This is a big difference between NY and Ontario (and lots of other states). The electricity we use/pollute the skies to make is not really priced on a cost plus reasonable profit basis, as in Feed-In Law places, or even in regulated states where the same monopoly owns the lines and most of the power plants. In this brave new world of “de-regulation” and “competition”, now only natural gas burners make sense, because they are so NOT capital intensive compared to wind and other renewables. But, maybe no new ones will be installed – it fits with the “double-dip recession” motif. Anyway, the result will be effectively no new Green Jobs with respect to making anything, just some with efficiency improvements, until the state coffers dry up (really soon, too).

So, here’s the bottom line. Lots of support will accrue to clean energy when people are employed directly or indirectly in the Green Energy biz, or where their communities have a vested interest in such endeavors. But, absent the jobs, most of the population will find actions aimed at imposing a CO2 tax as very job unfriendly, despite the merits. And unlimited corporate and right wingnut propaganda (“advertisements”) can also cement that state of mind.

And if you want a massive renewable energy industrial complex (yes!), so we can shut down those polluting plants without shutting down our society/heading for some combination of a Mad Max and peasant farming/societal regression, we need to make renewable energy profitable, and not just for the extremely rich to own. We want rich people paying taxes, not using incredible quantities of tax credits. We need to be able to let states do big time feed-in laws, as in Germany and Ontario. We need a renewable energy manufacturing industry widespead across the country, employing at least 1 million people in direct manufacturing, and with about 5 million other jobs tied to supplying those jobs with parts ranging from fibergalss to steel to coatings to concrete to transformers and switchgear to cranes. And beer sales to quench some thirsty people’s need to realx after actually being lucky enough to work to by that beer.

To do that, a tiny piece of Federal legislation is needed, which I call the Section 102 approach. This will replace the term “Avoided Cost” in the 1978 PURPA Law with cost plus reasonable return possibilities. And it would allow those states who wish to to enact Feed-In Laws (in NY, we have bills A187 and S2715 “in the hopper”) to enact them. Not all states need to enact these initially, but when those other states see the job creation/economic stimulus that the Feed-In Law states get, well, that will cause rapid changes (“the second grader effect”).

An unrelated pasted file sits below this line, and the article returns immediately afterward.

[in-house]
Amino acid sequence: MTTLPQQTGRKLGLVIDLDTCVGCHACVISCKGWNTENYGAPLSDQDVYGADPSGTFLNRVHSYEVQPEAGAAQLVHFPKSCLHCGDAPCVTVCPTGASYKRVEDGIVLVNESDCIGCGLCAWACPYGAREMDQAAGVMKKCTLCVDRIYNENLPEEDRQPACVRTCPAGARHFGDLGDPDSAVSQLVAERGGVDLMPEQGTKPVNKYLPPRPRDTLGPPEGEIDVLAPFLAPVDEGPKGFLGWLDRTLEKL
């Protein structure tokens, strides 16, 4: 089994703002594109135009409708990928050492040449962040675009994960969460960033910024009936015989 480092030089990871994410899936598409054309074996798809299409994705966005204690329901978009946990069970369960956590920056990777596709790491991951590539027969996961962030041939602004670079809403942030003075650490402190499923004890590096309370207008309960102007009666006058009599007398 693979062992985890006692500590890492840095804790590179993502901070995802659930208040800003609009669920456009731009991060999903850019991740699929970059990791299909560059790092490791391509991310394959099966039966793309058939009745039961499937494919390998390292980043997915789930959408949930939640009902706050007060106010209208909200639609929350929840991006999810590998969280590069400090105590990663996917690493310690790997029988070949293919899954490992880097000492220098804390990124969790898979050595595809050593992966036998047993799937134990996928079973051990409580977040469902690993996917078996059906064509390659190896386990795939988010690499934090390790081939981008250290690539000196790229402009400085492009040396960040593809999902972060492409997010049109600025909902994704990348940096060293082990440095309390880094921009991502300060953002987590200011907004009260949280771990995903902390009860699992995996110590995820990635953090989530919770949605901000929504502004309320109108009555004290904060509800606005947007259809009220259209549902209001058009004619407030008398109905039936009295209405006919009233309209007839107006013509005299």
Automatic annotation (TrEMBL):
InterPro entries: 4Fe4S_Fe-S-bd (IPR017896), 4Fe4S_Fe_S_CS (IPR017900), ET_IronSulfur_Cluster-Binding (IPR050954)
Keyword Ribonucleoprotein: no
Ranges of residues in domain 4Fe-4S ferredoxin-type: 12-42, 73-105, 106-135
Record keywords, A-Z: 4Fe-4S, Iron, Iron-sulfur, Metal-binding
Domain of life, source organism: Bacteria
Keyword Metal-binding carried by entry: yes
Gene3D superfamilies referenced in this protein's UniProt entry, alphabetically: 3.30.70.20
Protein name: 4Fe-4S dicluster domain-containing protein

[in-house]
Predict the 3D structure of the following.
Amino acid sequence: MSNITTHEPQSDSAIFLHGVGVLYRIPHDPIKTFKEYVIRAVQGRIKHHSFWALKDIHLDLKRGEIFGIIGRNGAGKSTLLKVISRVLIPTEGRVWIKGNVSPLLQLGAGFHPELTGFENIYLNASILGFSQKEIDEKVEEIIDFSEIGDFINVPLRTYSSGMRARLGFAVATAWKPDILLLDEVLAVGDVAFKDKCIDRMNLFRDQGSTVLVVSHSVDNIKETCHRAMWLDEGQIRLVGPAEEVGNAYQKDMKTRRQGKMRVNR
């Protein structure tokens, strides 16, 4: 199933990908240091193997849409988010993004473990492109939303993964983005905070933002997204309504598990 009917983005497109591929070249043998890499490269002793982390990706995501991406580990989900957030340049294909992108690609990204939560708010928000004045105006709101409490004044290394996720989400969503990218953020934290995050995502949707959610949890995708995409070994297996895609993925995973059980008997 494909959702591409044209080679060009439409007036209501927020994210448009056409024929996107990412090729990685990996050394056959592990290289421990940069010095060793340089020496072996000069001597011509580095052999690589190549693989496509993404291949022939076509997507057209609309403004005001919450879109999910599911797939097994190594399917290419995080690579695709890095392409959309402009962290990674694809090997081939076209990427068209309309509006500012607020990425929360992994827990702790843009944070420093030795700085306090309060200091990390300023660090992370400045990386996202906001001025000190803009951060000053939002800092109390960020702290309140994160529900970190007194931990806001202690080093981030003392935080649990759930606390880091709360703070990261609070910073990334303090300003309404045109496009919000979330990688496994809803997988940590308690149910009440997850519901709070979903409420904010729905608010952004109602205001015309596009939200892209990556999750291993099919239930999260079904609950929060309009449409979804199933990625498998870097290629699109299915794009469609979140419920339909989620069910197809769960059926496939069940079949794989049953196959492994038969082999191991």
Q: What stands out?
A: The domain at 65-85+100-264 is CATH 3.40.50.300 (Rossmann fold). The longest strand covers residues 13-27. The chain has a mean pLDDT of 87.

So, I realize this is not “big picture” stuff. Or the cathartic wake-up smack to the head to the American public, where they will agree to pay more for electricity that is made via non-polluting approaches, because it is the morally correct thing to do. But this Section 102 would probably do more than anything in the Kerry-LIEberman bill, and probably the better Waxman-Markey ACES bill (where it was lifted from).

Anyway, my prediction is, no Green Jobs, not more than a minority will support climate-sane energy production approaches. When real unemployment rates are way past 20%, such concerns about future generations that Global Warming encompasses take a back-seat to survival for the vast majority who live in search of a paycheck, or from paycheck to uncertain if there will be a next paycheck. After all, during the Great Depression, hypothermia was the second leading cause of death. And 48 people per day starved to death in Detroit for much of 1932.

Anyway, we could use your help with Section 102. It can be added as part of a jobs bill (it’s true place), an environment bill, or an energy bill (it is an update of the 1935 federal Power Act/1978 PURPA Act). Consider this as one of your biggest recruiting drives into a part of the population (workers, engineers, bankers, chamber of commerce types, businesspeople) that is a bit thin in your organization.

Besides, when students graduate from college into unemployment (the rule these days, not the exception), wouldn’t they like a chance at a job that actually makes the world a better place? Oh yes, not one of those “intern” unpaid ones, a real job that pays money – maybe not the most, but enough to keep them in fine Vermont beer on occasion. Section 102 will allow that to happen, and also prevent a lot of CO2 pollution at the same time.

Anyway, please zap me a line/contact me..

Nb41

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Tags: Energy